Pull up a stool and your favorite drink and tell me if knowing econ has or has not been useful in your engineering career.
I have a student from my Intro to Engineering class who wants to study aerospace, and absolutely doesn’t see the point of having to take microecon. I told him that engineering is also about understanding the cost side of design, and it’s another opportunity to grow his problem-solving skills. What else should I tell him? And yes, the class is required, so it’s all a bit philosophical.
For someone that hasn’t done the business or management side of engineering as of yet, a basic understanding of economics is helpful because it can be a place to derive limiting conditions for poorly defined problems. The better you can understand the money, the more likely you are know how the world goes 'round, and sometimes make it go 'round the way you’d like.
I often wish I had had a better handle on what stuff costs during my engineering days.
Tell him an engineer is a person who can do for a dollar what any damm fool can do for three.
It really depends on if the micro economics class teaches practical application or abstract theory.
a branch of economics that studies the behaviour of individuals and firms in making decisions regarding the allocation of scarce resources and the interactions among these individuals and firms.
Yeah, who cares…
How do I apply the output of the people that study this?
As a Junior in High School, I volunteered to drop Chemistry after Mr. Phillips explained we had 29 students, but only had 28 spots at the lab benches. Plus, he said the person that did volunteer would automagically get an “A” next year. (It wasn’t needed; I won the “Chemistry Award” my Senior year.)
Anyway, one of the classes I could subtitute for Chemistry was “Bookkeeping”. When I was discussing which course to take with the school counseller, she said, “A poor engineer that always knows how to turn a profit for the company will be employed for life”. So I took bookkeeping. That was 45 years ago. Besides making me a better Engineer, my persoanl finances are orderly and well documented.
My good experience with bookkeeping probably played a part in me choosing “Economics” and “Engineering Economics” as electives in my ChE discipline at University. I am so glad I did! That knowledge has benefited me tremendously over the years at work and at home.
I feel it is a subject an engineer can either take a formal course on during their education or something an engineer will need to teach themselves.
Either way, it is necessary knowledge to be a productive and efficient engineer.
Undertaking such a class and gaining an understanding of economics will be made worthwhile the very first time someone asks “Why are we buying Widget A versus Widget B? Widget B is $X cheaper.” Understanding the value of Widget A vs. Widget B, as well as the life cycle cost, etc. are necessary to not only make the best decision in specifying and selecting components, but also in justifying your decisions to those signing the checks, as it were.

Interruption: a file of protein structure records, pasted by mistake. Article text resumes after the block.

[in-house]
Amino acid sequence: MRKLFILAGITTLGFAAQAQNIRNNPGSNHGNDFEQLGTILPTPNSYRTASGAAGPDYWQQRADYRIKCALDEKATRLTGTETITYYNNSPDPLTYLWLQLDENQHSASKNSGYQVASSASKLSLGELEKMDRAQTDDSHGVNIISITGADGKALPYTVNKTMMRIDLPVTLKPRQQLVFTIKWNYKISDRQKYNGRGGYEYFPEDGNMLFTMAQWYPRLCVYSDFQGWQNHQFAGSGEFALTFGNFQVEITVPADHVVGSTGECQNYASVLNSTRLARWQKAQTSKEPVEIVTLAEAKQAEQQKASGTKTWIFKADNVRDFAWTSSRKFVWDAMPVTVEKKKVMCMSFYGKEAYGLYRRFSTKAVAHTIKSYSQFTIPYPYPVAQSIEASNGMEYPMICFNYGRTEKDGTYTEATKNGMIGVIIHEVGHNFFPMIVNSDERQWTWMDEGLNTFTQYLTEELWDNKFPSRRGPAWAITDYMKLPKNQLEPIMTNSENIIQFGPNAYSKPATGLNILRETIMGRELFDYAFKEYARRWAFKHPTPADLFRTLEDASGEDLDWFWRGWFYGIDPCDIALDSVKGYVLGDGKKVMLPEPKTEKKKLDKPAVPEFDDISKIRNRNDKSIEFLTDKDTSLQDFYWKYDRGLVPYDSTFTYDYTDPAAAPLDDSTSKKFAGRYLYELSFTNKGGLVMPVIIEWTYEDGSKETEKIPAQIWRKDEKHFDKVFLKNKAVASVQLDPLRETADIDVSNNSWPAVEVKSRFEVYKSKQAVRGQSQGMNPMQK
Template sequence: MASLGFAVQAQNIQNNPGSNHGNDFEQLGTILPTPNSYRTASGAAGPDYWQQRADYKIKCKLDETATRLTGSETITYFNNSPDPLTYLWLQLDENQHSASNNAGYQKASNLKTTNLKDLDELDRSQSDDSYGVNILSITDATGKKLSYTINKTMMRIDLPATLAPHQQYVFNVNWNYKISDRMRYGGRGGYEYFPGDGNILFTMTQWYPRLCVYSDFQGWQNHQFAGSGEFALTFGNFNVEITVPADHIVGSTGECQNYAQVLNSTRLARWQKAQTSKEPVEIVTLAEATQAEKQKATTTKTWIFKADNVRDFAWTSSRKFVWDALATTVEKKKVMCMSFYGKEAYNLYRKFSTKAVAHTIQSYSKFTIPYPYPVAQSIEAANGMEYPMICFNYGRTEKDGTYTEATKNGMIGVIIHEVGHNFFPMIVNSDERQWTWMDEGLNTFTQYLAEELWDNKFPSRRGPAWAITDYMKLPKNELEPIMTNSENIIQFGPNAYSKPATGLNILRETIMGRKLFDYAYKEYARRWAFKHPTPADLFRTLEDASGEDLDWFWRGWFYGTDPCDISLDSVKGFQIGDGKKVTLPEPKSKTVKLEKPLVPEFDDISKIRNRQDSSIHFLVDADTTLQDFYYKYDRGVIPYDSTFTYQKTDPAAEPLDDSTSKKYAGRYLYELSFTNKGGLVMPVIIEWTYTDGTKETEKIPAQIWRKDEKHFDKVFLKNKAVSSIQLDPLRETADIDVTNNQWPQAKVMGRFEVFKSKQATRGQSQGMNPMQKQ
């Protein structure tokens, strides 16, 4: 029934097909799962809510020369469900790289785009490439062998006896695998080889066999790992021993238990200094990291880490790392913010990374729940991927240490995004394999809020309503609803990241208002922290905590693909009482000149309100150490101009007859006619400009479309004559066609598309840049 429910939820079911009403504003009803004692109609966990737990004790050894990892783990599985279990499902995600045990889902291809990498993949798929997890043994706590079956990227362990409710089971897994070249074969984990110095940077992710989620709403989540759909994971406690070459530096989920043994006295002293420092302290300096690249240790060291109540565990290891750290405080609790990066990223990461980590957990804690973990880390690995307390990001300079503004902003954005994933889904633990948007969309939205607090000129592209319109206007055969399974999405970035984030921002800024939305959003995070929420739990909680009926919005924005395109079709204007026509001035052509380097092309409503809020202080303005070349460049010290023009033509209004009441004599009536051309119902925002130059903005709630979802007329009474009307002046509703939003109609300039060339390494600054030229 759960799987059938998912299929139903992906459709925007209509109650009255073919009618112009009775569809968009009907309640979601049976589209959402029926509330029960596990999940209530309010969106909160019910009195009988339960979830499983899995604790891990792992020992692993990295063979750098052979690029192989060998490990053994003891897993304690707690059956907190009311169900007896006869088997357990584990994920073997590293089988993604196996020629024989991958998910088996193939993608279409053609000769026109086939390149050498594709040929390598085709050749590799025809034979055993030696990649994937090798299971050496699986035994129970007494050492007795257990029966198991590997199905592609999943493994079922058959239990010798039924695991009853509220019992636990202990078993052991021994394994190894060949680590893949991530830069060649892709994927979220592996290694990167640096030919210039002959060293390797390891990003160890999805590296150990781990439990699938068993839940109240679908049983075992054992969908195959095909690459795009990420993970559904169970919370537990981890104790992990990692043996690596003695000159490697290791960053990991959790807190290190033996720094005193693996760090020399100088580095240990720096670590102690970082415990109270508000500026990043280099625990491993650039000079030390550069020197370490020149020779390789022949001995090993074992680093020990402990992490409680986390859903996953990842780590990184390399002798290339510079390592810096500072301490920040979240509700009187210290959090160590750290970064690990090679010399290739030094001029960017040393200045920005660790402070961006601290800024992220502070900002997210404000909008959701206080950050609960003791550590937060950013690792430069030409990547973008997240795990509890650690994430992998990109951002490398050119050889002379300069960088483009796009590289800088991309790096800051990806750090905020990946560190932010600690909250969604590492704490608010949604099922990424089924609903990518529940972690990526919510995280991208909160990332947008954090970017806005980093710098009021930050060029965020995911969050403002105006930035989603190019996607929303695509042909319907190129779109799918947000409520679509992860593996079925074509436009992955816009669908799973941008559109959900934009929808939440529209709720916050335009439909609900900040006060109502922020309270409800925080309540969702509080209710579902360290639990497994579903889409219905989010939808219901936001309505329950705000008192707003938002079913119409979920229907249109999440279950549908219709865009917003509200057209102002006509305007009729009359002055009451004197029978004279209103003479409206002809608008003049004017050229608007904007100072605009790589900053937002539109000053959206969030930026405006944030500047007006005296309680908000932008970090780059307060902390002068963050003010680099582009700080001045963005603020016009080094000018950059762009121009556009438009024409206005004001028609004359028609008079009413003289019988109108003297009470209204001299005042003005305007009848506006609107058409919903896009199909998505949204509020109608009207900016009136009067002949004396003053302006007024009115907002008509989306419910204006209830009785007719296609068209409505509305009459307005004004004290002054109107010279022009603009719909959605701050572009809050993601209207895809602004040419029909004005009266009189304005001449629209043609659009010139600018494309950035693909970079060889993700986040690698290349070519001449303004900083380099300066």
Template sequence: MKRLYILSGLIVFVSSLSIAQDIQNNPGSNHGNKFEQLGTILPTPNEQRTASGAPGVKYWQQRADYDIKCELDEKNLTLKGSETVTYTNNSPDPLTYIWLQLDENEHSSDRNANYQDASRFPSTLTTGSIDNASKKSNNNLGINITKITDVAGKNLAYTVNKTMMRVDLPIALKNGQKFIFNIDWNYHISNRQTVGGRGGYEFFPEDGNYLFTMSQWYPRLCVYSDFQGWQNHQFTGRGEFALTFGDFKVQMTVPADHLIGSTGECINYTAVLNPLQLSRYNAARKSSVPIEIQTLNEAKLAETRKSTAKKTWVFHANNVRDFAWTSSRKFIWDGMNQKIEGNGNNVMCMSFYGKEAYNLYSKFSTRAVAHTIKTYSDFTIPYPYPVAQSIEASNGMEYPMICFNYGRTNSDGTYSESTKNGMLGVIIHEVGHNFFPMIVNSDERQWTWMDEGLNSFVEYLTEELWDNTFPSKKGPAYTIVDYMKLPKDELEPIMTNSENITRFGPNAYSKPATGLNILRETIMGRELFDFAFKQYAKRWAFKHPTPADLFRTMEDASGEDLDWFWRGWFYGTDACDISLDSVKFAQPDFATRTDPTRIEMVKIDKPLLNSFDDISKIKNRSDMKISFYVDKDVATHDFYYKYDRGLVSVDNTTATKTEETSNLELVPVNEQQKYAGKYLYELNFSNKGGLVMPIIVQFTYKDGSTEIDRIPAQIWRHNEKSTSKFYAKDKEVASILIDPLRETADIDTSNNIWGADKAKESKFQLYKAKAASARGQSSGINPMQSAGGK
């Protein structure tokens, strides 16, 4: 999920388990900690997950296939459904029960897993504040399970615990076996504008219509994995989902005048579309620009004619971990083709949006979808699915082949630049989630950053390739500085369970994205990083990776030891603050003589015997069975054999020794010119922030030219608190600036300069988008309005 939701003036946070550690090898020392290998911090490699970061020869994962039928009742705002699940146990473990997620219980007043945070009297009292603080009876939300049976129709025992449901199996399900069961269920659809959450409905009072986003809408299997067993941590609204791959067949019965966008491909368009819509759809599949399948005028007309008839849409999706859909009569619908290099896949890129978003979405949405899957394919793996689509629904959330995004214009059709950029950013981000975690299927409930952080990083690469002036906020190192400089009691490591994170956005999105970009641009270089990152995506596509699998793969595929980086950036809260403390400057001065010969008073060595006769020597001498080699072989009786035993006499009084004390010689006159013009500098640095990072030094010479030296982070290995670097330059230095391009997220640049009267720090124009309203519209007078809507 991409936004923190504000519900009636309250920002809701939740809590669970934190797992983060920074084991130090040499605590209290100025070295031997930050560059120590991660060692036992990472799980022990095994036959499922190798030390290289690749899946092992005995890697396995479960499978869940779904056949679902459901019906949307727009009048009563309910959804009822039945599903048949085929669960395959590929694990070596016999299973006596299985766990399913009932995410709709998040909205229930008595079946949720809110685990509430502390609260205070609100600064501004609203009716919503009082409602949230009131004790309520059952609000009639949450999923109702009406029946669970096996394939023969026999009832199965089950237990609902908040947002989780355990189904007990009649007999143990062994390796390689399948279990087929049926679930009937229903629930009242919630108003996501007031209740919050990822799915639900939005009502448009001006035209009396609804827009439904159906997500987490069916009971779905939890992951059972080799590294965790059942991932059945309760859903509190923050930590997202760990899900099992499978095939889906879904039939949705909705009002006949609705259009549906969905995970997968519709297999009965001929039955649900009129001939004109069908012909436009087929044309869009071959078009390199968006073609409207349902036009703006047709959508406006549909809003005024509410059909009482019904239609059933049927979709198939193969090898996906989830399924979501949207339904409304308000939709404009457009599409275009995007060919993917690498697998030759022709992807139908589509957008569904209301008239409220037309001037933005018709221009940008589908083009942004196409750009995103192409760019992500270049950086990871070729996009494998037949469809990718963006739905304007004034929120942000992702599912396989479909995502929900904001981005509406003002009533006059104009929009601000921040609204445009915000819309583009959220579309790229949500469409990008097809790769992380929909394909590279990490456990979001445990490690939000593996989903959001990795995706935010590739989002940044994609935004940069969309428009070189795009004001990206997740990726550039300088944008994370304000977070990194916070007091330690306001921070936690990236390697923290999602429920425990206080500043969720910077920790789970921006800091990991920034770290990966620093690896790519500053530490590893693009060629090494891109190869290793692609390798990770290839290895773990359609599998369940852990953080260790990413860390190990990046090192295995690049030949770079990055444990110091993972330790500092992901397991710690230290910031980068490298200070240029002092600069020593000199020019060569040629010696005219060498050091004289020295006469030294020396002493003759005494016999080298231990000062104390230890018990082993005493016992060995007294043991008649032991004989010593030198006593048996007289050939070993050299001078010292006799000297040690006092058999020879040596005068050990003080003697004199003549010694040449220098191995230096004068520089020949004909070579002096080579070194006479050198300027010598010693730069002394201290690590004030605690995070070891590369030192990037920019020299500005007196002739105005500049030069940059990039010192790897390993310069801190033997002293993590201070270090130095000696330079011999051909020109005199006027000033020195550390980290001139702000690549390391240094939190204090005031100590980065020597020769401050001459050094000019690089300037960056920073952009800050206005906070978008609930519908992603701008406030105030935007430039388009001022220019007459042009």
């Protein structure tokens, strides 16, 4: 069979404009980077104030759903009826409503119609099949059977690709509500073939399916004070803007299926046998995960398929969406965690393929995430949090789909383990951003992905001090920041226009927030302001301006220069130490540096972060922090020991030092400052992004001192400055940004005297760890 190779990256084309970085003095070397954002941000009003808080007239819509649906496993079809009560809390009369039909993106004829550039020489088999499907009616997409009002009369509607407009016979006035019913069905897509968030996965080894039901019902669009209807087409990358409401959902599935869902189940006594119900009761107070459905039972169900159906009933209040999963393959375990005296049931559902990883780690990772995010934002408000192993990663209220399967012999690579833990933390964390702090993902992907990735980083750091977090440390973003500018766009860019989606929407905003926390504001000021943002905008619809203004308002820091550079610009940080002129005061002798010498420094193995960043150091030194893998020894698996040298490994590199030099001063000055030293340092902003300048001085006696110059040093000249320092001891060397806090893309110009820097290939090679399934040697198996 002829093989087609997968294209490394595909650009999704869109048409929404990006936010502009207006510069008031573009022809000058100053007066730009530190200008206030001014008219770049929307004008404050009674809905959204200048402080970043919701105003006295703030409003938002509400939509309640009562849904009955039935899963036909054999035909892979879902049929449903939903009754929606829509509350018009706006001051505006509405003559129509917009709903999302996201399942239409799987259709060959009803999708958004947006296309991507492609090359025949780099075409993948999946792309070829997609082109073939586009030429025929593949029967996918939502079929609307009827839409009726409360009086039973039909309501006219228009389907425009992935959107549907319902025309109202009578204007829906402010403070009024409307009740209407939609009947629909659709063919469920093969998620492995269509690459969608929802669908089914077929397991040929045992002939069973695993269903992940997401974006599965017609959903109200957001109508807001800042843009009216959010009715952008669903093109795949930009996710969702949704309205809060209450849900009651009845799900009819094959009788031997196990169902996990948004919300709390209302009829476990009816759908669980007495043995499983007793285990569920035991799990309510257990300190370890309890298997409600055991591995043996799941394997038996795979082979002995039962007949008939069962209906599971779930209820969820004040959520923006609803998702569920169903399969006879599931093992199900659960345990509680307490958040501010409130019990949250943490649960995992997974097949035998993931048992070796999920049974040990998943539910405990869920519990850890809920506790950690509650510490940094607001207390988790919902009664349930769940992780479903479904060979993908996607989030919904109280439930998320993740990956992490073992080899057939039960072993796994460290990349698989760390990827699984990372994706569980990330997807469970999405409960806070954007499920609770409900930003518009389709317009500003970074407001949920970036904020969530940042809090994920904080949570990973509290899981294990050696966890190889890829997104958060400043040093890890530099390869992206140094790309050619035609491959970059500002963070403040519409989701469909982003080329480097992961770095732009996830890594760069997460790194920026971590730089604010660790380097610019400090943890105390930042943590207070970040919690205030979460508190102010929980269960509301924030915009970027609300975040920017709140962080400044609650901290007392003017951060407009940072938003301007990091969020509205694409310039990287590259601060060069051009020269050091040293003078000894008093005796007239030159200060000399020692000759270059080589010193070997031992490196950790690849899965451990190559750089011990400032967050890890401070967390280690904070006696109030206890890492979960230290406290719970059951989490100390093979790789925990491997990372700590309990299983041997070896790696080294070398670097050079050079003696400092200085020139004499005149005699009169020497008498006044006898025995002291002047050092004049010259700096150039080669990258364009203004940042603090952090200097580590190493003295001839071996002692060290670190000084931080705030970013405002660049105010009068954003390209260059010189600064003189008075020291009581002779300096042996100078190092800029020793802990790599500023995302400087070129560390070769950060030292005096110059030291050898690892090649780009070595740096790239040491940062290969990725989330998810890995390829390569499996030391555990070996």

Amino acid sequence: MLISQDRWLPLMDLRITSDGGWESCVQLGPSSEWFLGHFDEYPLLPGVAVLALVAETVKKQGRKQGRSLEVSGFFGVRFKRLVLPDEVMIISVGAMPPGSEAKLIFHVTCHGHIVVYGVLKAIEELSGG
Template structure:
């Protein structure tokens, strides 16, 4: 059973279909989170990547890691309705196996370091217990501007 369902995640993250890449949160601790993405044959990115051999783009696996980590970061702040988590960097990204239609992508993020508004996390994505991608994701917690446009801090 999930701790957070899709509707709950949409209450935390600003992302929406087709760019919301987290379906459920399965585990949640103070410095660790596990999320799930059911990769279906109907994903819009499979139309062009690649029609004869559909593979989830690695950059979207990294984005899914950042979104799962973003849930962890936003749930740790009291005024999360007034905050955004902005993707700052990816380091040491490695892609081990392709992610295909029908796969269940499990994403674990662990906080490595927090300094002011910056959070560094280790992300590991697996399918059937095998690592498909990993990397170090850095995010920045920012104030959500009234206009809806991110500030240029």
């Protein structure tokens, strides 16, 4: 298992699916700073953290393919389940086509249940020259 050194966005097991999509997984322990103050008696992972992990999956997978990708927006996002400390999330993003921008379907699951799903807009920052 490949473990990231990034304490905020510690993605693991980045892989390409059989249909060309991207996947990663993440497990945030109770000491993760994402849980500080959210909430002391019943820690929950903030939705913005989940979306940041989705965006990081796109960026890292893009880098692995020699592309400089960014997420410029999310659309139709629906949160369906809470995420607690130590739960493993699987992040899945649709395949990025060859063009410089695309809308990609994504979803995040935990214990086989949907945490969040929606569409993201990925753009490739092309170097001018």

Thanks, all. Very helpful responses.
As an exercise, give the student a real world set of economic choices that directly affect the student, for example:
Say, the student graduates in aerospace engineering and takes a job with a large company in that field, perhaps Boeing.
Boeing has a voluntary 401(k) plan with 17 investment choices (covering real estate, international equity, US equity, and fixed income). Summary of Boeing Co. 401(k) Investment Options
Should this new employee participate in the 401(k)? Which investment choices, if any, are appropriate? How much money, if any, should be routinely invested?
Microeconomics probably will not help with these decisions… but where else will the student get the basic on how to make this type decision?
Subjects like supply and demand can be learned by engineers, either from “the trenches” by discovering that the price per unit for a raw material goes down as you order more, or from “bird’s eye view” by taking a class in microeconomics.
Some lucky engineers discover that their inventions are both patentable and may be marketable. Figuring out the value of these properties requires some insight into economics (and finance, sadly) to make a rational decision.
More examples of the value of an economics class or two can easily be brought to mind, if needed.
“…the invisible hand…”
Every project of mine and those I was assigned had to have an economic payback. I had to know how to determine the cost of a project, its payback, and its payback period. There were some tough economic hurdles to overcome and if a project didn’t jump those hurdles, there was no project. It’s a great way to develop a sense of why to do any project and why to invest in any technology. It teaches you to really dig into technology, processes, problems, etc. to root out all of the problems and how much those problems cost, i.e., take away from your profit margin. It also teaches you how to talk to people about all of those things. Nothing happens without the knowledge and help of others.
As my career progressed, I was expected to do depreciation calculations of equipment as part of project justification. There are multiple ways to view depreciation and it’s important to understand those differences.